MARS HILL AUDIO Journal

Volume 1

Guests on Volume 1: D. G. Hart, on Oliver Stone's JFK and why film has trouble relating historical realities; Peter Kreeft, on Between Heaven and Hell, a post-death dialogue among John F. Kennedy, C. S. Lewis, and Aldous Huxley; Nigel Cameron, on the loss of the Hippocratic tradition in medicine; Ted Prescott, on the life and work of the late English painter Francis Bacon; Quentin Schultze, on Pat Robertson's plans to begin a 24-hour game show TV channel; James Davison Hunter, on Culture Wars: The Struggle to Define America; Gregory Wolfe, on Mark Helprin's novel, A Soldier of the Great War; Edward Mendelson, on how poet W. H. Auden responded to modern culture; and Ted Libbey, on soprano Kathleen Battle.

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Part 1

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    D. G. Hart on Oliver Stone's JFK and why film has trouble relating historical realities

    D. G. Hart cites Oliver Stone's 1992 motion picture, JFK, as an example of simplistic historical revisionism.

    Historian D. G. Hart criticizes the simplistic historical revisionism that characterizes many Hollywood films, including the 1992 film JFK, by Oliver Stone. History, explains Hart, attempts to interpret the given facts from a variety of perspectives in order to account for change over time, a difficult task that requires intellectual rigor and takes into account the complex nature of human beings. Hart also discusses four different approaches to historical filmmaking as well as the Christian view of history, noting that Christians do not have a monopoly on historical interpretation.

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    Peter Kreeft on Between Heaven and Hell, a post-death dialogue among John F. Kennedy, C. S. Lewis, and Aldous Huxley

    Between Heaven and Hell: A Dialog Somewhere beyond Death with John F. Kennedy, C. S. Lewis, and Aldous Huxley (InterVarsity Press, 1982)

    November 22, 1963, is certainly best remembered as the day John F. Kennedy was assassinated in Dallas, Texas. Philosopher Peter Kreeft of Boston College found it interesting that two other notable figures of the twentieth century died on the same November day: authors C. S. Lewis and Aldous Huxley. Kreeft, who had long been fascinated with the writing of Socratic dialogue, wrote a post-death dialogue among Kennedy, Lewis, and Huxley in his book Between Heaven and Hell. Far from being a difficult task, Kreeft said the writing of the book was the easiest and most pleasurable writing he's done.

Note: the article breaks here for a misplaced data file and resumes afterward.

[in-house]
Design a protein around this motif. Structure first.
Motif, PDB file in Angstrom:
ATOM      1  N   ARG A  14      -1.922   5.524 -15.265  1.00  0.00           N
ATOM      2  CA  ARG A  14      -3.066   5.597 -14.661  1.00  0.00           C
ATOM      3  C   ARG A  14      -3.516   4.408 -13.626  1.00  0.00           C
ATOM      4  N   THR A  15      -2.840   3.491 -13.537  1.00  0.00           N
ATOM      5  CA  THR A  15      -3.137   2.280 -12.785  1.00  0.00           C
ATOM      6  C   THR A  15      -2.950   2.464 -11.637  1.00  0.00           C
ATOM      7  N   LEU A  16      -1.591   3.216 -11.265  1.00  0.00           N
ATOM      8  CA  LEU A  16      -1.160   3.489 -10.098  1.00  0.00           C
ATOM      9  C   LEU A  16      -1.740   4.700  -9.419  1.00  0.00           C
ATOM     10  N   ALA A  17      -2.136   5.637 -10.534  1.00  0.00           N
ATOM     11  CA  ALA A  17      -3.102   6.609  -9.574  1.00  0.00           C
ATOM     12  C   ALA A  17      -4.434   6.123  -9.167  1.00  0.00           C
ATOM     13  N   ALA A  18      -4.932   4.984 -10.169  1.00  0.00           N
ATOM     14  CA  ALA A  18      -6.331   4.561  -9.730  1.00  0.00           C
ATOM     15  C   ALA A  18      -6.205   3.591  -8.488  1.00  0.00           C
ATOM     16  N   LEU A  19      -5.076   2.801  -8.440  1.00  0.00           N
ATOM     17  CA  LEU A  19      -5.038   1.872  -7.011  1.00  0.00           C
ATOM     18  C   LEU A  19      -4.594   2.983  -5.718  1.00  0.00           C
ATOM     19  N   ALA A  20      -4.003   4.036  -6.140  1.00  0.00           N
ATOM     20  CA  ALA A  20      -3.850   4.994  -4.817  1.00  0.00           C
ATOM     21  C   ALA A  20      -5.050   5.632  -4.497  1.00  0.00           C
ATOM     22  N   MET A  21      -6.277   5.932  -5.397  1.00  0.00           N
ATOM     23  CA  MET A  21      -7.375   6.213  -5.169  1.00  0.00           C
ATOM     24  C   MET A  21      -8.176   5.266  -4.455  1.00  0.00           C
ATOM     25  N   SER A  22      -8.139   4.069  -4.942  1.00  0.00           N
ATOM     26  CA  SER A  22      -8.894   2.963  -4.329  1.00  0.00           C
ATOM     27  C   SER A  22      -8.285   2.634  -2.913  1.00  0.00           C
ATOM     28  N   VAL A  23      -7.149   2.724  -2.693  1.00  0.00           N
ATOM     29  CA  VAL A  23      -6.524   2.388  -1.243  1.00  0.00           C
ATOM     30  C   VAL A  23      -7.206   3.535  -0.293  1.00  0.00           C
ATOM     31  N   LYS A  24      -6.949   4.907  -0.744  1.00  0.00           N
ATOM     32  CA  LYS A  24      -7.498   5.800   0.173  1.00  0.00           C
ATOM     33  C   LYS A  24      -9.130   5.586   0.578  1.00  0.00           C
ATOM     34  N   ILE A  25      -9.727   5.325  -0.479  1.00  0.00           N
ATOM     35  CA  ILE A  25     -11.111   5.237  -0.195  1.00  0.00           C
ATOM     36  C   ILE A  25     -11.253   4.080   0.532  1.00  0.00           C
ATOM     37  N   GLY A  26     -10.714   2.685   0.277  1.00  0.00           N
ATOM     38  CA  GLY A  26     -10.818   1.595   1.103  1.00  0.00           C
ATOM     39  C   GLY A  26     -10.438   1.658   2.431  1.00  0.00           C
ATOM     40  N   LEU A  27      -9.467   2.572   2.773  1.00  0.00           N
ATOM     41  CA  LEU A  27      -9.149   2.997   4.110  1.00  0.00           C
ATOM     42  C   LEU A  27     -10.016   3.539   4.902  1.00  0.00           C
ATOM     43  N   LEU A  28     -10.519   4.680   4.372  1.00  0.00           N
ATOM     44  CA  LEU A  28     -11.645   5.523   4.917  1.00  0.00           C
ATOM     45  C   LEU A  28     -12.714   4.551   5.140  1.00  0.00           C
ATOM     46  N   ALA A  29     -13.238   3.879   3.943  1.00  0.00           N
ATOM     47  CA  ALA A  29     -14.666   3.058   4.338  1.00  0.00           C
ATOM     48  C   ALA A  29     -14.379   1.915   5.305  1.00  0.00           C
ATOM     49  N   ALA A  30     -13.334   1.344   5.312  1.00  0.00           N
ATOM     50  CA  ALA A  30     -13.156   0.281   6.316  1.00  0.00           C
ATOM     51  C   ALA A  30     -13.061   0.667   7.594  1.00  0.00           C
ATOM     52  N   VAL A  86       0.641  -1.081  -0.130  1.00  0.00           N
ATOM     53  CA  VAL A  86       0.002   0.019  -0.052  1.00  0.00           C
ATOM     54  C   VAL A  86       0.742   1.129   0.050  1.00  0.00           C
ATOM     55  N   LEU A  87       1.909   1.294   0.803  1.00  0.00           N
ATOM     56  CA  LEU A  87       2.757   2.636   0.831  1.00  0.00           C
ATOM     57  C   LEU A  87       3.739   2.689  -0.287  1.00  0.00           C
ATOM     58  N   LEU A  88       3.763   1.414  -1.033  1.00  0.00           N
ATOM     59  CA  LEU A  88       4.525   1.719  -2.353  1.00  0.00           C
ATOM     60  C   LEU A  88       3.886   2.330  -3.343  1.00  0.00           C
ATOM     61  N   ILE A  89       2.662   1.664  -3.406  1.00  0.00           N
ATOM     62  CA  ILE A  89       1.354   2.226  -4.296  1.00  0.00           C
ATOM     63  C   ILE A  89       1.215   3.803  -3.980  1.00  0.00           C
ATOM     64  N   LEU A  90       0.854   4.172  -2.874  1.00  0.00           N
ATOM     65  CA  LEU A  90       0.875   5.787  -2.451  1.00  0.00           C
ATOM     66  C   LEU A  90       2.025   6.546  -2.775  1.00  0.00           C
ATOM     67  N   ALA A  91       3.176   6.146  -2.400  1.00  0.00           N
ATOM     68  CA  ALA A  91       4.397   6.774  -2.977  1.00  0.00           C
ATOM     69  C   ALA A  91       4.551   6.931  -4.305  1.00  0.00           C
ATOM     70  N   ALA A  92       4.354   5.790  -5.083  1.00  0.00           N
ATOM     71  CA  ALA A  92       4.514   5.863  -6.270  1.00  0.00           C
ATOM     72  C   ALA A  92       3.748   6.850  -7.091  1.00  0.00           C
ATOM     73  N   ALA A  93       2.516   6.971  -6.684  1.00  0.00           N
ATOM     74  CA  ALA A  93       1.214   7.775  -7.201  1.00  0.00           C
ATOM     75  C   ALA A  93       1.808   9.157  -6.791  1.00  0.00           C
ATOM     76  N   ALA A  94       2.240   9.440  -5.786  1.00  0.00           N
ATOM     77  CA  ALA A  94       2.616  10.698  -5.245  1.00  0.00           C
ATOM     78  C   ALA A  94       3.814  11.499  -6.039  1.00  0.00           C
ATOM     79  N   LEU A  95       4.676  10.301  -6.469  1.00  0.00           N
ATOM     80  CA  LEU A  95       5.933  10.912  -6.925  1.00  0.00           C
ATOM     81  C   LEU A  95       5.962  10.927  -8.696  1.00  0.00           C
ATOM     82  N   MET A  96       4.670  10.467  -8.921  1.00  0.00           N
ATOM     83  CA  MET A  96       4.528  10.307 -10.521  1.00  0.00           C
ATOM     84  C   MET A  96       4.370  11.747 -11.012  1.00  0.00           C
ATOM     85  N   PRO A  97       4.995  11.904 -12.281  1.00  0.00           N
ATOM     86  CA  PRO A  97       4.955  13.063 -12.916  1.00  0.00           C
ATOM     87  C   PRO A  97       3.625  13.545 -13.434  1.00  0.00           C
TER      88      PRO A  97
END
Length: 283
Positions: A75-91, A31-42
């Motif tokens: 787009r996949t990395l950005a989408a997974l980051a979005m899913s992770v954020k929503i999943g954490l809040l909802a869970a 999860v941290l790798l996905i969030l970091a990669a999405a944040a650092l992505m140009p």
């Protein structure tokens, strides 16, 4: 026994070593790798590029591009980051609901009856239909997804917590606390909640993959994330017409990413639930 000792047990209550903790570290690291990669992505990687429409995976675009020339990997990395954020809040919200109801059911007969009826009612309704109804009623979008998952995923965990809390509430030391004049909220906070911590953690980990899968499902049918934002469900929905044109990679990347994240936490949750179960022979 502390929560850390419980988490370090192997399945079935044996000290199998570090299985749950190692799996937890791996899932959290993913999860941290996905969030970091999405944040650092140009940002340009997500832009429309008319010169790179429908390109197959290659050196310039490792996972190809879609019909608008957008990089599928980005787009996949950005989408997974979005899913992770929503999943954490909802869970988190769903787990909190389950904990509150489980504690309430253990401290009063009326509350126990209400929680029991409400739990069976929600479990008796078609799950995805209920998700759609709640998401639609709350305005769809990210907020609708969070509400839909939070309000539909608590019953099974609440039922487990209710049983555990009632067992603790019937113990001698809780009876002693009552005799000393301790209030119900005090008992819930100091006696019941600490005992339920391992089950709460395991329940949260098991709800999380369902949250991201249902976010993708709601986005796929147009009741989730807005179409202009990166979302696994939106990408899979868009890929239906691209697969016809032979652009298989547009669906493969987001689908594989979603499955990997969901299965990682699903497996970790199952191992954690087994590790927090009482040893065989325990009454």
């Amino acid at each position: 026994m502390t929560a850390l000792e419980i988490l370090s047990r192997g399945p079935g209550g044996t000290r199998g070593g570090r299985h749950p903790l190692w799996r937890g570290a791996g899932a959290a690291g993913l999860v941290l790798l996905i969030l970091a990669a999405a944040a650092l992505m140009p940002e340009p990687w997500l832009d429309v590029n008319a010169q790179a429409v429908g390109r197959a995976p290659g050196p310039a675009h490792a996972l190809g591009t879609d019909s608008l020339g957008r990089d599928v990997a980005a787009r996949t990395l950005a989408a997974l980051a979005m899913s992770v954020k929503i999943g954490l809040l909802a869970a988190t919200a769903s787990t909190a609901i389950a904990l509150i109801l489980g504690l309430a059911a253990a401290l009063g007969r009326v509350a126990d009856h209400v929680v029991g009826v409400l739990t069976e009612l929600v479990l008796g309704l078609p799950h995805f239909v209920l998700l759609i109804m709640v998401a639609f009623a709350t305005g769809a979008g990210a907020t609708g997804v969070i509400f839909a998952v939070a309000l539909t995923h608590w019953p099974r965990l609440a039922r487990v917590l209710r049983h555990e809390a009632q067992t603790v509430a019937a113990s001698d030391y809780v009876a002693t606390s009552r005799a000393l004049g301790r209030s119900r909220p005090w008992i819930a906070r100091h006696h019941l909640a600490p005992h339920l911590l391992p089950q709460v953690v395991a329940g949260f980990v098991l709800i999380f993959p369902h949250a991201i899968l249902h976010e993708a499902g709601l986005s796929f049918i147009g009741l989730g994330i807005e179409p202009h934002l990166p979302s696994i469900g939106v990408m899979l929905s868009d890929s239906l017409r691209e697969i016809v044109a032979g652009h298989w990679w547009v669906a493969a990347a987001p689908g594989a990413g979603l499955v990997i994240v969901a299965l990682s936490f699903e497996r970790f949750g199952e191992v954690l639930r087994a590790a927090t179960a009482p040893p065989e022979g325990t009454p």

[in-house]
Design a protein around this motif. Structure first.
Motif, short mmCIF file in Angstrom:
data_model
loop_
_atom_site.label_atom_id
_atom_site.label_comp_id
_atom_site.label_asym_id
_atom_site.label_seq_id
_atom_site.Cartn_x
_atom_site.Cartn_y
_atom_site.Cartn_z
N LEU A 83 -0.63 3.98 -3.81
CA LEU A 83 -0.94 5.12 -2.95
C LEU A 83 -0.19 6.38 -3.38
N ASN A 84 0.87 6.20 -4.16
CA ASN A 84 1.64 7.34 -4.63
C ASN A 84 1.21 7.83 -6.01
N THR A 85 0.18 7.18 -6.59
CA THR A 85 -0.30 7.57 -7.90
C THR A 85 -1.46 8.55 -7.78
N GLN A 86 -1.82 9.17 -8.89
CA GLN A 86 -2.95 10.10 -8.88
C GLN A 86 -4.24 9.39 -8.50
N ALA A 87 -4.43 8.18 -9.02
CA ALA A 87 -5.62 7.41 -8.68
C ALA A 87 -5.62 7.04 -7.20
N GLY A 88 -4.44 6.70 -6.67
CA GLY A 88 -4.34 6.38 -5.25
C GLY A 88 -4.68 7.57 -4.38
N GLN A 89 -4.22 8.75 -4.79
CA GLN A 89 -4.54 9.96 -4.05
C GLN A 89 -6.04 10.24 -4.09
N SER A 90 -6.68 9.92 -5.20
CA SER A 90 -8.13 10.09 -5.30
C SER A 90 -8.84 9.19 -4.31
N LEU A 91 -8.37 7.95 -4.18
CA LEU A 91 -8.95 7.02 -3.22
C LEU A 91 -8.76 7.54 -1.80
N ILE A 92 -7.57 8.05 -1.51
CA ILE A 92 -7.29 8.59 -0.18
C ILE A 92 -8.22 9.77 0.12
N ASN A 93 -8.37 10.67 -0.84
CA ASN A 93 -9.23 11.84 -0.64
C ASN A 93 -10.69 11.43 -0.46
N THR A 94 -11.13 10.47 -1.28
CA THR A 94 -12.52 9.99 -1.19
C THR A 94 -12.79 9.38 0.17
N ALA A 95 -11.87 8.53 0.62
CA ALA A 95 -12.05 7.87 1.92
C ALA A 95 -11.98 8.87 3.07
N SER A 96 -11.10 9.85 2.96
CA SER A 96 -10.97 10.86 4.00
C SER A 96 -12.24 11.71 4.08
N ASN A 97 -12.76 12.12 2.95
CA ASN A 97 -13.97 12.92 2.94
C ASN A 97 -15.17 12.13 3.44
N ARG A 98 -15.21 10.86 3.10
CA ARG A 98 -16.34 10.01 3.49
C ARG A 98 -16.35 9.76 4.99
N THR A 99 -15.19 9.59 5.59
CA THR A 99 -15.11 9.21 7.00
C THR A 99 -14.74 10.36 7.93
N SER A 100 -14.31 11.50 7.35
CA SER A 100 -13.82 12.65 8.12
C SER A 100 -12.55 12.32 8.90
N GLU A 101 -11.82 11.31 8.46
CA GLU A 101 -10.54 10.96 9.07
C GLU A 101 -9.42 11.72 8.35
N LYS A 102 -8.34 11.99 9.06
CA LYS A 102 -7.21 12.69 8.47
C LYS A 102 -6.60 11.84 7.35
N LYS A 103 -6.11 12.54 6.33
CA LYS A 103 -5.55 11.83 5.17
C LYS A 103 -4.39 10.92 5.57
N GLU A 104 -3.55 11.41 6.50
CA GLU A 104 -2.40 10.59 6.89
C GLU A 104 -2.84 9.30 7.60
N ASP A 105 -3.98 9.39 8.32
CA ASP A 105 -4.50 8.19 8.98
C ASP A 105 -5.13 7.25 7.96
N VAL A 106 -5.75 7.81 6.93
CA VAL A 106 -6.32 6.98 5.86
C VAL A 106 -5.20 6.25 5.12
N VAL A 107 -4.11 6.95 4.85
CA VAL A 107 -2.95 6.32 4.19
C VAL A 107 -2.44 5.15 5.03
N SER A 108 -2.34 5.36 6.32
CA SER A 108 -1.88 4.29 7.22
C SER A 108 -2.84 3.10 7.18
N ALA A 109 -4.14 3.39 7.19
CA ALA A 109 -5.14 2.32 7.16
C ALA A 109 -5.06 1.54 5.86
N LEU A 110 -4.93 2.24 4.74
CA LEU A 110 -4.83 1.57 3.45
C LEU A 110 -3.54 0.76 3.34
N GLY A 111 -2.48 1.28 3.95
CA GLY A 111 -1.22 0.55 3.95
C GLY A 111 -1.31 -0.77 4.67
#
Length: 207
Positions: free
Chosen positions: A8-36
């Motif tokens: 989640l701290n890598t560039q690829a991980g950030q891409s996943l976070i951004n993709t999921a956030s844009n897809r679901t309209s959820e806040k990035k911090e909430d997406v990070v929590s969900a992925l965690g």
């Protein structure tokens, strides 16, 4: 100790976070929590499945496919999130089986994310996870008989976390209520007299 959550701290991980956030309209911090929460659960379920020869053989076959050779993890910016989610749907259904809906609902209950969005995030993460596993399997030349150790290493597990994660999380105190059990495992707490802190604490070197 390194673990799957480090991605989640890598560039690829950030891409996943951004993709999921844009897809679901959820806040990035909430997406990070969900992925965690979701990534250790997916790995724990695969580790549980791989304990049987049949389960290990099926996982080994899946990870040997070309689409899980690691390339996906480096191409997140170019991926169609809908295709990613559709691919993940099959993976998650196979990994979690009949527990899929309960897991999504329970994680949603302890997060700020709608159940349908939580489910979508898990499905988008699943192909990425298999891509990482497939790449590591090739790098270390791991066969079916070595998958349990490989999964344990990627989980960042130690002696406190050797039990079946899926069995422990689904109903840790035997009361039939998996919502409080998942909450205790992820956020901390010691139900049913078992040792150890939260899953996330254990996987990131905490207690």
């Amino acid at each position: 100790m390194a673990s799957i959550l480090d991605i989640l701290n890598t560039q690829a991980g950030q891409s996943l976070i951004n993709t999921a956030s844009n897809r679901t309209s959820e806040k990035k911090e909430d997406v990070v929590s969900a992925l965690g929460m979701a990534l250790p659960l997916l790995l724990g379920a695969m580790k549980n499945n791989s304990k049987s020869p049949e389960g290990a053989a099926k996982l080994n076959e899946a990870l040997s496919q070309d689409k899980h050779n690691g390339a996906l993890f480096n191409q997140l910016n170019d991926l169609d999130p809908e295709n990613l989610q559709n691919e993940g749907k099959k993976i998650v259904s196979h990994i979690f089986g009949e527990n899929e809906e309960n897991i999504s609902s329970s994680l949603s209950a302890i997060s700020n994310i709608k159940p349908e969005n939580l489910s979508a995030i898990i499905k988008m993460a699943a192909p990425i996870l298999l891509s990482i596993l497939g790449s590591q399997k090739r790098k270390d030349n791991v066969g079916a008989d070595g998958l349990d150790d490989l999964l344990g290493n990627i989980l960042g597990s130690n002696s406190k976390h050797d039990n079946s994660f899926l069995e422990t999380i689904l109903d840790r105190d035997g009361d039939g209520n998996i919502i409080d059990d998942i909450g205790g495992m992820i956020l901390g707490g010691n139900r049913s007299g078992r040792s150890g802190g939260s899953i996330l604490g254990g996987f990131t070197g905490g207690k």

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    Nigel Cameron on the loss of the Hippocratic tradition in medicine

    The New Medicine: Life and Death after Hippocrates (Crossway Books, 1991)

    In his book The New Medicine: Life and Death after Hippocrates, theologian Nigel Cameron examines the state of western medicine. Cameron maintains the medical profession is undergoing a fundamental shift away from its historic emphasis on service to the patient and the value of human life. In this culture, physicians who hold to the Hippocratic oath are becoming increasingly marginalized as the practice of medicine becomes a technological power play. Cameron warns that many Christians think about medical ethics solely in terms of the abortion debate, ignoring the broader and deeper crisis in medical values.

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    Ted Prescott on the life and work of the late English painter Francis Bacon

    Painter Francis Bacon's (1909-1992) work can be seen in several on-line exhibits, including those at the Guggenheim Museum and the Tate Gallery, London.

    Art critic and sculptor Ted Prescott discusses the distinctive and often disturbing work of twentieth-century English painter Francis Bacon. Bacon's paintings depict distorted faces that one critic called "images of misery, despair, alienation, and decay." Bacon painted life as he saw it, according to Prescott, and his work reflects the existential anxiety that permeates the twentieth century. Bacon's work is quintessentially modern: it expresses the artist's personal disbelief in Western religion and tradition. Prescott explains that the very fact that Bacon's art grapples with existential rather than political issues makes it appear somewhat old-fashioned in comparison to other modern art, which is often created simply for shock value.